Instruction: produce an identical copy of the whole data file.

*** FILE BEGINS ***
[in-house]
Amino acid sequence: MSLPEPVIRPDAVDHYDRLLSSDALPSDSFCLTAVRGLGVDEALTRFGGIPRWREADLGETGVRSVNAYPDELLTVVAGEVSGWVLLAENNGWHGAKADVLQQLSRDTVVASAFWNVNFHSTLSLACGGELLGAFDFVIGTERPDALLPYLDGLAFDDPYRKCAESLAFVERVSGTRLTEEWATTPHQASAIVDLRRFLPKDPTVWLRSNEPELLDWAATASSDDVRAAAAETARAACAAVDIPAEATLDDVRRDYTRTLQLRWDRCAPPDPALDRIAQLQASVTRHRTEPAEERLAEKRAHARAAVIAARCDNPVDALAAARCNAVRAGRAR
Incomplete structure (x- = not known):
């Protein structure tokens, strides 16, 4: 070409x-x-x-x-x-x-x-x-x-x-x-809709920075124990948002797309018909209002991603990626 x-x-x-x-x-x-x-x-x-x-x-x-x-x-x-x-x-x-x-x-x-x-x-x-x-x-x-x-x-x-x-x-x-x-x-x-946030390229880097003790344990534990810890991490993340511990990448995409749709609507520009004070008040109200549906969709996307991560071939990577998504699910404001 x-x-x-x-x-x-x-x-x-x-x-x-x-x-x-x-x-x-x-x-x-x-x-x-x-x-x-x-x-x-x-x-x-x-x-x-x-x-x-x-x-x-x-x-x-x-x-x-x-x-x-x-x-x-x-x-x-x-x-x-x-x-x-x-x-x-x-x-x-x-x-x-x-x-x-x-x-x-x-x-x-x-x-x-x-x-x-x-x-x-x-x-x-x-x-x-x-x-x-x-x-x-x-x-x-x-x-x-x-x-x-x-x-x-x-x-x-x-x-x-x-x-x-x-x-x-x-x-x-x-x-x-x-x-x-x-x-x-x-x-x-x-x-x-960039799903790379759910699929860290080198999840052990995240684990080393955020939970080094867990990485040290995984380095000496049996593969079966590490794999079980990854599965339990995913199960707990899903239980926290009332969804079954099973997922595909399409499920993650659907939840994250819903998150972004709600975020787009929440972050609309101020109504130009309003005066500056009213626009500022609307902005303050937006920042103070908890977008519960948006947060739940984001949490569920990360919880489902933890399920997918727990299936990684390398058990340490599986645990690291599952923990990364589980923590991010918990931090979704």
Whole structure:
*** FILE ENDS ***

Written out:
[in-house]
Amino acid sequence: MSLPEPVIRPDAVDHYDRLLSSDALPSDSFCLTAVRGLGVDEALTRFGGIPRWREADLGETGVRSVNAYPDELLTVVAGEVSGWVLLAENNGWHGAKADVLQQLSRDTVVASAFWNVNFHSTLSLACGGELLGAFDFVIGTERPDALLPYLDGLAFDDPYRKCAESLAFVERVSGTRLTEEWATTPHQASAIVDLRRFLPKDPTVWLRSNEPELLDWAATASSDDVRAAAAETARAACAAVDIPAEATLDDVRRDYTRTLQLRWDRCAPPDPALDRIAQLQASVTRHRTEPAEERLAEKRAHARAAVIAARCDNPVDALAAARCNAVRAGRAR
Incomplete structure (x- = not known):
């Protein structure tokens, strides 16, 4: 070409x-x-x-x-x-x-x-x-x-x-x-809709920075124990948002797309018909209002991603990626 x-x-x-x-x-x-x-x-x-x-x-x-x-x-x-x-x-x-x-x-x-x-x-x-x-x-x-x-x-x-x-x-x-x-x-x-946030390229880097003790344990534990810890991490993340511990990448995409749709609507520009004070008040109200549906969709996307991560071939990577998504699910404001 x-x-x-x-x-x-x-x-x-x-x-x-x-x-x-x-x-x-x-x-x-x-x-x-x-x-x-x-x-x-x-x-x-x-x-x-x-x-x-x-x-x-x-x-x-x-x-x-x-x-x-x-x-x-x-x-x-x-x-x-x-x-x-x-x-x-x-x-x-x-x-x-x-x-x-x-x-x-x-x-x-x-x-x-x-x-x-x-x-x-x-x-x-x-x-x-x-x-x-x-x-x-x-x-x-x-x-x-x-x-x-x-x-x-x-x-x-x-x-x-x-x-x-x-x-x-x-x-x-x-x-x-x-x-x-x-x-x-x-x-x-x-x-x-960039799903790379759910699929860290080198999840052990995240684990080393955020939970080094867990990485040290995984380095000496049996593969079966590490794999079980990854599965339990995913199960707990899903239980926290009332969804079954099973997922595909399409499920993650659907939840994250819903998150972004709600975020787009929440972050609309101020109504130009309003005066500056009213626009500022609307902005303050937006920042103070908890977008519960948006947060739940984001949490569920990360919880489902933890399920997918727990299936990684390398058990340490599986645990690291599952923990990364589980923590991010918990931090979704």
Whole structure: